Yaremko “Home with Heritage” at Ukrainian Museum of Canada

By Halia Sluzar

The long awaited new exhibit at the Ukrainian Museum of Canada, Ontario Branch in Toronto was officially opened on June 29, 2007. Approximately one hundred interested guests filled the St. Vladimir Institute Theatre to hear details about At Home with Heritage (У Дома із Спадщиною): The John and Mary Yaremko Collection. Yvonne Ivanochko, Museum President, welcomed his Eminence Archbishop Yuri, the Right Rev. Bohdan Sencio and all the guests. Halia Sluzar introduced the Main Speaker, William Sametz who, because of his close association with John Yaremko, gave a very interesting review of the Yaremko Years. Then, Halia Sluzar introduced the very talented curator of the exhibit, Daria Diakowsky who almost single handedly staged this exhibit spoke in detail about it. Upon conclusion of the opening ceremonies, the guests were invited to partake of the delicious sweets and coffee before visiting the exhibit. The viewers seemed to be very interested and pleased with what they saw.

Upon entering the museum, one enters 1 Connable Drive, the Yaremko residence in Toronto On walking into the museum, one’s attention is immediately captured by die huge portrait of John Yaremko in the centre of the main wall. To the right of the portrait hangs a beautiful painting (winter scene) by Mykola Hlushchenko. Two more smaller Hlushchenko paintings are on the far left.

As one enters further, there is a display featuring a small burled maple table and two matching chairs, all standing on a tiny Persian rug. On the table are two place settings of china set on cross- stitch embroidered place-mats and serviettes as well as two silver candlesticks. A framed photograph depicts the same scene in actual life.

In front of the aforementioned portrait is a chair presented to John Yaremko by the Ontario Provincial Parliament and a miniature table upon which is a photo of Mary Yaremko wearing a bright pink cape, looking up at this same portrait, her black gloved hand raised toward it. On the chair is the actual pink cape, the long black gloves and black evening bag.

In the museum, there are wall showcases, one each on the north and south walls. The case on the north wall features a long white embroidered sorochka which belonged to Mary Yaremko’s maternal grandmother as well as a group of very old family photos including the wedding photos of the Materyns, Mary Yaremko’s parents. On the south wall, the case holds a sorochka belonging to John. Yaremko’s maternal grandmother and family photos. John Yaremko had nine siblings.

The various showcases outline John Yaremko’s career in provincial parliament. One vertical showcase has a beautiful Icon with attached lamp. In this same showcase there are eight black bibles on which Mr. Yaremko was sworn in for his various positions in Cabinet. The last four bibles are in the Ukrainian language. John Yaremko served in the Parliament of Ontario for twenty-four years from 1951 -1974, and held many provincial government cabinet posts such as:

Minister without Portfolio, Minister of Transport, Secretary and Registrar, Provincial Secretary and Minister of Citizenship, Minister of Public Welfare, Minister of Social and Family Services, and Solicitor General.

One of the two horizontal showcases displays the numerous medals received by John Yaremko. Some of these are from Ukrainian organizations and others are from Hungarian groups. The Ukrainian World Congress presented John Yaremko in 1989 with its highest award - the St. Volodymyr Medal. There are many medals from Hungarians showing their gratitude and esteem for John Yaremko for all his help when he facilitated their immigration to Canada after Hungary was invaded by Russian Soviet forces in 1956. A second horizontal showcase contains Mary Yaremko’s Ukrainian headdress and some of her jewellery including the medal and a small diamond pin presented to her by Queen Elizabeth II.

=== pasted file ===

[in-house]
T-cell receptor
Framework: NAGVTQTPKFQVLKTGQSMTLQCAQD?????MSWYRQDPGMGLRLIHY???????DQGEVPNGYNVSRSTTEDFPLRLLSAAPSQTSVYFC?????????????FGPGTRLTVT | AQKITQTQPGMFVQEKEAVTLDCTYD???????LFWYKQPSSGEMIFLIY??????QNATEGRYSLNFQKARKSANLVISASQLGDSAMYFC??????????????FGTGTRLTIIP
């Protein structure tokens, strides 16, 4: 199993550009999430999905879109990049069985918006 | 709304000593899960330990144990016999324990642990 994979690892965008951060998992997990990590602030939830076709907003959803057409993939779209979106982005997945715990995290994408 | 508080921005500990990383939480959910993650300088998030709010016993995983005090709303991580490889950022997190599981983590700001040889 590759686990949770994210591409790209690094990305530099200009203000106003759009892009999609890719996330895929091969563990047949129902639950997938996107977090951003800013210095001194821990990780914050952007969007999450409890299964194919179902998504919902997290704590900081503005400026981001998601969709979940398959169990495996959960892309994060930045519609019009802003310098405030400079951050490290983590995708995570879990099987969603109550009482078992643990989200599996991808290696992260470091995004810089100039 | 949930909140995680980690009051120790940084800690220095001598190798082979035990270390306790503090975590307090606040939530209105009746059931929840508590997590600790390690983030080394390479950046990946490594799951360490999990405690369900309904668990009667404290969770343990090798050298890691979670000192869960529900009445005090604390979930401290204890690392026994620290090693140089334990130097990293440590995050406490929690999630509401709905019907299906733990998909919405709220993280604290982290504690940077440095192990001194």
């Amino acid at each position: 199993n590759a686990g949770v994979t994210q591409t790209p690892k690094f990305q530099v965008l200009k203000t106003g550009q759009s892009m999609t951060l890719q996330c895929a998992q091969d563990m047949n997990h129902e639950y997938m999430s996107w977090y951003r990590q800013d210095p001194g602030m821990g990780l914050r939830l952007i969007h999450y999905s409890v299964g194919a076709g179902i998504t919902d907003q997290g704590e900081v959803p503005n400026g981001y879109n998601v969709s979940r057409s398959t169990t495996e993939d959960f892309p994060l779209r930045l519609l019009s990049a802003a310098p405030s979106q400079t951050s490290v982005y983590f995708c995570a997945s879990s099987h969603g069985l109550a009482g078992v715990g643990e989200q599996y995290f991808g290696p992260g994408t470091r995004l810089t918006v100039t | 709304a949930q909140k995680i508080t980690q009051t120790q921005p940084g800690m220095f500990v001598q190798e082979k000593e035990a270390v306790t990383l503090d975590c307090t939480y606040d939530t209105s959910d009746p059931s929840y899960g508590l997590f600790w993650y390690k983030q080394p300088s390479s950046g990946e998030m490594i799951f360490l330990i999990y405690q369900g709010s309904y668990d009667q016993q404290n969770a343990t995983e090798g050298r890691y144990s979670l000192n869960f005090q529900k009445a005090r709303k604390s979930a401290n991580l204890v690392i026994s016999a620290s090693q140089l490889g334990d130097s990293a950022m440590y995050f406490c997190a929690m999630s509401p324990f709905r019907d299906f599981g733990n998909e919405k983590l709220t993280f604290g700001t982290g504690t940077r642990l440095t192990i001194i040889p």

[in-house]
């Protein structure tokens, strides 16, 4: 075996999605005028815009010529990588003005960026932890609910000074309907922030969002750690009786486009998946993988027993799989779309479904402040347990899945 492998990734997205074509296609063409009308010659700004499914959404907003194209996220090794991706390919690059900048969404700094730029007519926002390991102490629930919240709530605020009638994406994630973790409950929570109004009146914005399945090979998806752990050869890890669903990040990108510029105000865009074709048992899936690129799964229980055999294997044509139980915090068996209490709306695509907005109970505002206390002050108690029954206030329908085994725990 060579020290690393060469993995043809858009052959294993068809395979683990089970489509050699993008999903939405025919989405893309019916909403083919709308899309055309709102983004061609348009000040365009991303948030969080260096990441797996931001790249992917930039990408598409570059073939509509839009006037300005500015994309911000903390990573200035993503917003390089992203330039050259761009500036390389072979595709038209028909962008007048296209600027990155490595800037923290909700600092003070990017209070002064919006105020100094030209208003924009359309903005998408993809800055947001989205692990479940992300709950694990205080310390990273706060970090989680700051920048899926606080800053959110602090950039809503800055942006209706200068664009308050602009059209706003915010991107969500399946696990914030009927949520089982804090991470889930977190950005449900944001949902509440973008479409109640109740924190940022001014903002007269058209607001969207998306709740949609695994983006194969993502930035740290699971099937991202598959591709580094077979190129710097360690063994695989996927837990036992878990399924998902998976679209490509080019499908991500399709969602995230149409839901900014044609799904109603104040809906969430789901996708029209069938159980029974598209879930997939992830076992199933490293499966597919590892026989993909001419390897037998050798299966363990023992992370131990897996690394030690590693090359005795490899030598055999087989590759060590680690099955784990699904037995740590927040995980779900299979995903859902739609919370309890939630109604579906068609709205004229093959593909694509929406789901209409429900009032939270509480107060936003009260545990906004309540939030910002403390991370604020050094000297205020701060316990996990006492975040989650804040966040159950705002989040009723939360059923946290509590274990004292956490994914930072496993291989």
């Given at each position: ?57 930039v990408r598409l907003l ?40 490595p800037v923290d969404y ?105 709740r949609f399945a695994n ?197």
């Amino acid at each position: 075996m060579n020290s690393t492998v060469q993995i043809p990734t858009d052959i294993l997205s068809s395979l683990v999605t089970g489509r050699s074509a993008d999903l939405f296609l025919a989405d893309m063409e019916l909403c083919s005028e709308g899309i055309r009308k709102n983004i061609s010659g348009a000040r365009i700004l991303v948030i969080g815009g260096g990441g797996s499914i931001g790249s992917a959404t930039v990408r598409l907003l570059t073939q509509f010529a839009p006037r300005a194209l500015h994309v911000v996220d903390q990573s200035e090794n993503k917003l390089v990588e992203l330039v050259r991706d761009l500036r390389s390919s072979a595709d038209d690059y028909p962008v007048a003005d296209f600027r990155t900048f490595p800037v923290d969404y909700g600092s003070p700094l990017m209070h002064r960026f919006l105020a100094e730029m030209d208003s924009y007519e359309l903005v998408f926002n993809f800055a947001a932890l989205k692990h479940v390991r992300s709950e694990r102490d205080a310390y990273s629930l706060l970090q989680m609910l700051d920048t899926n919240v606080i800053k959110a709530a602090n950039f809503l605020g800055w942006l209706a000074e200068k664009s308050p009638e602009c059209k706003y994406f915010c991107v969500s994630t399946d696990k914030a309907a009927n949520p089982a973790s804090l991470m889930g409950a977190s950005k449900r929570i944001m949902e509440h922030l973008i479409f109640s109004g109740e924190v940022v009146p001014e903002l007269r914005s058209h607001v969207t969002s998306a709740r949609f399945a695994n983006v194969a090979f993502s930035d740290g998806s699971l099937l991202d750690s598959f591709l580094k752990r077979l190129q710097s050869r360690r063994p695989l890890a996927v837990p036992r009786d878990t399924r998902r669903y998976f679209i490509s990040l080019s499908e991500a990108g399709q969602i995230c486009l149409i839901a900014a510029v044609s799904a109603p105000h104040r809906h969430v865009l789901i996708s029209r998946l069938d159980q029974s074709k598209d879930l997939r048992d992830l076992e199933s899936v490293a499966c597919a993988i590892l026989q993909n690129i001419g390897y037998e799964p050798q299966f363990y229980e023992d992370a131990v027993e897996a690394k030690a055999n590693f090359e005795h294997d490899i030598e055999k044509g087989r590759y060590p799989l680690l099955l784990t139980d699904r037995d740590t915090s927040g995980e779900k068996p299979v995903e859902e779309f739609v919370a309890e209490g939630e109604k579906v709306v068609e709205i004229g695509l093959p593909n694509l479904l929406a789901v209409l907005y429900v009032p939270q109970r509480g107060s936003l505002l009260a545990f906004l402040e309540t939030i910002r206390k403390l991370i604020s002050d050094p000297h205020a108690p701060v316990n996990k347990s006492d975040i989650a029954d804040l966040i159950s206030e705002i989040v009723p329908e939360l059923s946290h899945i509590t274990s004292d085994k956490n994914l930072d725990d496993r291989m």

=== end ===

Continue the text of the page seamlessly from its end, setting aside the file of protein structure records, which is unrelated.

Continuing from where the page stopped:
On display are paintings by the well known Ukrainian sculptor Archipenko, a reproduction of one of his sculpted figures, a print of an icon by William Kurelek and a glass painting by Yaroslava.

Unfortunately, Mary Yaremko did not live to see this exhibit because she passed away on March 28, 2005. However, a spry John Yaremko is still interested in everything all around him. He visited the exhibit before the opening and was very pleased with what he saw. We pray that he will be with us for many more years so that he can continue to tell us the many stories he loves to recount about his life and times and all the people he has known.

H  , John Yaremko!

Rose and William Sametz and John Tron are acknowledged for their most important role played in creating the exhibit. With heartfelt thanks, they made it possible for members of the exhibit committee to have constant access to the Yaremko home to select the necessary artifacts that were brought into the Museum for the exhibit. Without their assistance, “At Home with Heritage” could not have been organized and taken place. Also, gratitude is expressed to Lida Smilka for being the exhibit’s language consultant.

Great thanks are extended to all the people who helped in every way to make the “Opening” successful and they are: Claudia Mykytiuk, Lesia Haley, Olia Polisczscuk, Anisia Borowyk, Adele Kereliuk and Steve Yonka. Bless you all!

 Halia Sluzar is long-time member and current Second Vice President and Exhibit Convenor of the Ukrainian Museum of Canada – Ontario Branch